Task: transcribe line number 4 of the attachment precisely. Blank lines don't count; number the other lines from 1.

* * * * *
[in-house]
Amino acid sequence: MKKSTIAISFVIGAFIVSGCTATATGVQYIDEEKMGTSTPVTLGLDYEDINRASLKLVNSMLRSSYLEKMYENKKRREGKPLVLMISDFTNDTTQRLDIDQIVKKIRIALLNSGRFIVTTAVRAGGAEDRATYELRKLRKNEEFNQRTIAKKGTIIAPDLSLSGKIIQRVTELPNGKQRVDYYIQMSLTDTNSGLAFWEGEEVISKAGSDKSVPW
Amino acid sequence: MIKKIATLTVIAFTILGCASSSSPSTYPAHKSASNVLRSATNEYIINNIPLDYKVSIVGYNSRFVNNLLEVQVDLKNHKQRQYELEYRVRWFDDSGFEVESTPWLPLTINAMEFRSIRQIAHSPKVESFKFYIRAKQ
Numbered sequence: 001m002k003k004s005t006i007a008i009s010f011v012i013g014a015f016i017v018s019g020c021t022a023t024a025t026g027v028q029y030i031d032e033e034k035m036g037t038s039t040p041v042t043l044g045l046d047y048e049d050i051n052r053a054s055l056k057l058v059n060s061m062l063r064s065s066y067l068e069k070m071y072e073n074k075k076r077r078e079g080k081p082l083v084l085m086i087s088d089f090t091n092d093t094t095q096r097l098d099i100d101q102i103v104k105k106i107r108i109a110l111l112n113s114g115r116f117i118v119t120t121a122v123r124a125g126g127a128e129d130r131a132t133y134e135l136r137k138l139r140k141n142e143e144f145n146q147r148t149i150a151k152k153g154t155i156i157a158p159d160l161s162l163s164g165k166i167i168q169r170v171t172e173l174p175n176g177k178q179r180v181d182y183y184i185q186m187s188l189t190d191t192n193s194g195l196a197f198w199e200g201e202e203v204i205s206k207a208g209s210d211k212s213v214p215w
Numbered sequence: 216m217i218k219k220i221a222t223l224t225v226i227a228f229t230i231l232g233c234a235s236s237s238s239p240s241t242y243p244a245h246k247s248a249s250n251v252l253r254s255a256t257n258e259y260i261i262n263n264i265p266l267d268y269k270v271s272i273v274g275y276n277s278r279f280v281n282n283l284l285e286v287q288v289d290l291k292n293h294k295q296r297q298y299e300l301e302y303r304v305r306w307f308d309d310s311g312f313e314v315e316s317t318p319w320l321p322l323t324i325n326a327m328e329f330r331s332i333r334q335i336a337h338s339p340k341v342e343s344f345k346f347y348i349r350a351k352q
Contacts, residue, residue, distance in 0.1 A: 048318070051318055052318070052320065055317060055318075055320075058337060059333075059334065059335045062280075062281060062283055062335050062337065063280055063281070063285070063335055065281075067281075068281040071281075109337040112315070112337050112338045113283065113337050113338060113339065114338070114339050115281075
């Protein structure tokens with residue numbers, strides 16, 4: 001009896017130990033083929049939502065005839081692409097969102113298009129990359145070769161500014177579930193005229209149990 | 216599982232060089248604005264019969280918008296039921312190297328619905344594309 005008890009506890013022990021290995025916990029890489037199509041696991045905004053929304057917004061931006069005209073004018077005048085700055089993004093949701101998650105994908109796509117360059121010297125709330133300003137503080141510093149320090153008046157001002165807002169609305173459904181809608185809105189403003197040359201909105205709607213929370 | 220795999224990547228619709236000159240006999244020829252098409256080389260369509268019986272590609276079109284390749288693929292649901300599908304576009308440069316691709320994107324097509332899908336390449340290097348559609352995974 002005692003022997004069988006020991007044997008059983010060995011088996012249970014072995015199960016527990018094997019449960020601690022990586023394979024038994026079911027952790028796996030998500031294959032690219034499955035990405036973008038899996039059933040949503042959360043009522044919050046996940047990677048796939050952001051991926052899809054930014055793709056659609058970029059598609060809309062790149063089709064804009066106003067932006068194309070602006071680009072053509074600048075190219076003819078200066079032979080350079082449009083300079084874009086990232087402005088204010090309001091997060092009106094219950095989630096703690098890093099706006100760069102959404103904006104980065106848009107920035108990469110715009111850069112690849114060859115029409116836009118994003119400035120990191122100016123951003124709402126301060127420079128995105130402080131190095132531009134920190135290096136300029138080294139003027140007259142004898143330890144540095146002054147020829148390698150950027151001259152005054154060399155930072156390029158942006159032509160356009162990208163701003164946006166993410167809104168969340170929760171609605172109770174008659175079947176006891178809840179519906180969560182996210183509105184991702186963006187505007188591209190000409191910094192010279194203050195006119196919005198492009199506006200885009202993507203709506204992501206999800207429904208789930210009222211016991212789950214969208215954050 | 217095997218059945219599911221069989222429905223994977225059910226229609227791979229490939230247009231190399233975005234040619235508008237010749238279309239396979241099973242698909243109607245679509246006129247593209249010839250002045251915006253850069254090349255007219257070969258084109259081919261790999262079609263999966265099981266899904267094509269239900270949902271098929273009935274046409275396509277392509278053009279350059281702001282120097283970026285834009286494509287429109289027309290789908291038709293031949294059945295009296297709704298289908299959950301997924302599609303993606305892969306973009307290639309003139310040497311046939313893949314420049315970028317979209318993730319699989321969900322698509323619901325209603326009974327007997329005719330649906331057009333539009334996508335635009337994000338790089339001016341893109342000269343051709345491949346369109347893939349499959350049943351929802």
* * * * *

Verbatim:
Numbered sequence: 001m002k003k004s005t006i007a008i009s010f011v012i013g014a015f016i017v018s019g020c021t022a023t024a025t026g027v028q029y030i031d032e033e034k035m036g037t038s039t040p041v042t043l044g045l046d047y048e049d050i051n052r053a054s055l056k057l058v059n060s061m062l063r064s065s066y067l068e069k070m071y072e073n074k075k076r077r078e079g080k081p082l083v084l085m086i087s088d089f090t091n092d093t094t095q096r097l098d099i100d101q102i103v104k105k106i107r108i109a110l111l112n113s114g115r116f117i118v119t120t121a122v123r124a125g126g127a128e129d130r131a132t133y134e135l136r137k138l139r140k141n142e143e144f145n146q147r148t149i150a151k152k153g154t155i156i157a158p159d160l161s162l163s164g165k166i167i168q169r170v171t172e173l174p175n176g177k178q179r180v181d182y183y184i185q186m187s188l189t190d191t192n193s194g195l196a197f198w199e200g201e202e203v204i205s206k207a208g209s210d211k212s213v214p215w